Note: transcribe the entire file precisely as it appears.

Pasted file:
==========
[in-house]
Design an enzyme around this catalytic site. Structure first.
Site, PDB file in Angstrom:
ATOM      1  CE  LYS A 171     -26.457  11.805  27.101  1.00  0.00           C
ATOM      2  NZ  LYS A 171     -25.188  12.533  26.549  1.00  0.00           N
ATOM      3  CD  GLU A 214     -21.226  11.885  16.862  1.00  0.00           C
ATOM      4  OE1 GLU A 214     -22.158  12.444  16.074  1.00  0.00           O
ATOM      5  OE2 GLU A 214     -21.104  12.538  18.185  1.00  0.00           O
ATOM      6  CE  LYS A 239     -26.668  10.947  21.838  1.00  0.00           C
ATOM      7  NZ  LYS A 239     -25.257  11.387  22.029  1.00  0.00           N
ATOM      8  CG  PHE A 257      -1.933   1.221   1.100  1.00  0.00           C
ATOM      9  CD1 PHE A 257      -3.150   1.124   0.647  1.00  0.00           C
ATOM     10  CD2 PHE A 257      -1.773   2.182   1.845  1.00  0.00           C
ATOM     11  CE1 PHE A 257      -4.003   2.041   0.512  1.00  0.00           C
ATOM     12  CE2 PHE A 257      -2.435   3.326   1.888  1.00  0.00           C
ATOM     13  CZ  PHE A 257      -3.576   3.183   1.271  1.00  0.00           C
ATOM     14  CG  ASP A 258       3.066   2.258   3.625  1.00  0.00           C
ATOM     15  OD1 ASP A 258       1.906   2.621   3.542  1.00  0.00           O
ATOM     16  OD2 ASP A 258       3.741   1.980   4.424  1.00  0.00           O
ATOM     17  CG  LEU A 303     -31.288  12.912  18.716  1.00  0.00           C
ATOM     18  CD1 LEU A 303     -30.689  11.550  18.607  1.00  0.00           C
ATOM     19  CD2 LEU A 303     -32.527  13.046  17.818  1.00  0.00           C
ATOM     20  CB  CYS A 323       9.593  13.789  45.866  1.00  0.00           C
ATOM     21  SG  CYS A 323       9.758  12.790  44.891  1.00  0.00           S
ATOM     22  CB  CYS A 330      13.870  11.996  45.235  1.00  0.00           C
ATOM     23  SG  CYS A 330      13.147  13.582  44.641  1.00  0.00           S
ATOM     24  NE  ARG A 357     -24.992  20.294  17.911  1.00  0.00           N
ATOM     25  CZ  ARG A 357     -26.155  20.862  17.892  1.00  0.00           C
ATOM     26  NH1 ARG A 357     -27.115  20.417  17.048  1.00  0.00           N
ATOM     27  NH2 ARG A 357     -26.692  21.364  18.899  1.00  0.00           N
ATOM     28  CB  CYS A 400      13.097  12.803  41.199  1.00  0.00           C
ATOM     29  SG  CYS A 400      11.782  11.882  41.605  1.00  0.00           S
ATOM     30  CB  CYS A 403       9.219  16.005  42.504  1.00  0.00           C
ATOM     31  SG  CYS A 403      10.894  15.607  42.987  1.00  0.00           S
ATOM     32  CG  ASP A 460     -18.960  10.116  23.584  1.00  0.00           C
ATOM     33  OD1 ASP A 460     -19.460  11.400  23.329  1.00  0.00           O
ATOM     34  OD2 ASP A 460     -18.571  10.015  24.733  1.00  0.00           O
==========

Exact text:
[in-house]
Design an enzyme around this catalytic site. Structure first.
Site, PDB file in Angstrom:
ATOM      1  CE  LYS A 171     -26.457  11.805  27.101  1.00  0.00           C
ATOM      2  NZ  LYS A 171     -25.188  12.533  26.549  1.00  0.00           N
ATOM      3  CD  GLU A 214     -21.226  11.885  16.862  1.00  0.00           C
ATOM      4  OE1 GLU A 214     -22.158  12.444  16.074  1.00  0.00           O
ATOM      5  OE2 GLU A 214     -21.104  12.538  18.185  1.00  0.00           O
ATOM      6  CE  LYS A 239     -26.668  10.947  21.838  1.00  0.00           C
ATOM      7  NZ  LYS A 239     -25.257  11.387  22.029  1.00  0.00           N
ATOM      8  CG  PHE A 257      -1.933   1.221   1.100  1.00  0.00           C
ATOM      9  CD1 PHE A 257      -3.150   1.124   0.647  1.00  0.00           C
ATOM     10  CD2 PHE A 257      -1.773   2.182   1.845  1.00  0.00           C
ATOM     11  CE1 PHE A 257      -4.003   2.041   0.512  1.00  0.00           C
ATOM     12  CE2 PHE A 257      -2.435   3.326   1.888  1.00  0.00           C
ATOM     13  CZ  PHE A 257      -3.576   3.183   1.271  1.00  0.00           C
ATOM     14  CG  ASP A 258       3.066   2.258   3.625  1.00  0.00           C
ATOM     15  OD1 ASP A 258       1.906   2.621   3.542  1.00  0.00           O
ATOM     16  OD2 ASP A 258       3.741   1.980   4.424  1.00  0.00           O
ATOM     17  CG  LEU A 303     -31.288  12.912  18.716  1.00  0.00           C
ATOM     18  CD1 LEU A 303     -30.689  11.550  18.607  1.00  0.00           C
ATOM     19  CD2 LEU A 303     -32.527  13.046  17.818  1.00  0.00           C
ATOM     20  CB  CYS A 323       9.593  13.789  45.866  1.00  0.00           C
ATOM     21  SG  CYS A 323       9.758  12.790  44.891  1.00  0.00           S
ATOM     22  CB  CYS A 330      13.870  11.996  45.235  1.00  0.00           C
ATOM     23  SG  CYS A 330      13.147  13.582  44.641  1.00  0.00           S
ATOM     24  NE  ARG A 357     -24.992  20.294  17.911  1.00  0.00           N
ATOM     25  CZ  ARG A 357     -26.155  20.862  17.892  1.00  0.00           C
ATOM     26  NH1 ARG A 357     -27.115  20.417  17.048  1.00  0.00           N
ATOM     27  NH2 ARG A 357     -26.692  21.364  18.899  1.00  0.00           N
ATOM     28  CB  CYS A 400      13.097  12.803  41.199  1.00  0.00           C
ATOM     29  SG  CYS A 400      11.782  11.882  41.605  1.00  0.00           S
ATOM     30  CB  CYS A 403       9.219  16.005  42.504  1.00  0.00           C
ATOM     31  SG  CYS A 403      10.894  15.607  42.987  1.00  0.00           S
ATOM     32  CG  ASP A 460     -18.960  10.116  23.584  1.00  0.00           C
ATOM     33  OD1 ASP A 460     -19.460  11.400  23.329  1.00  0.00           O
ATOM     34  OD2 ASP A 460     -18.571  10.015  24.733  1.00  0.00           O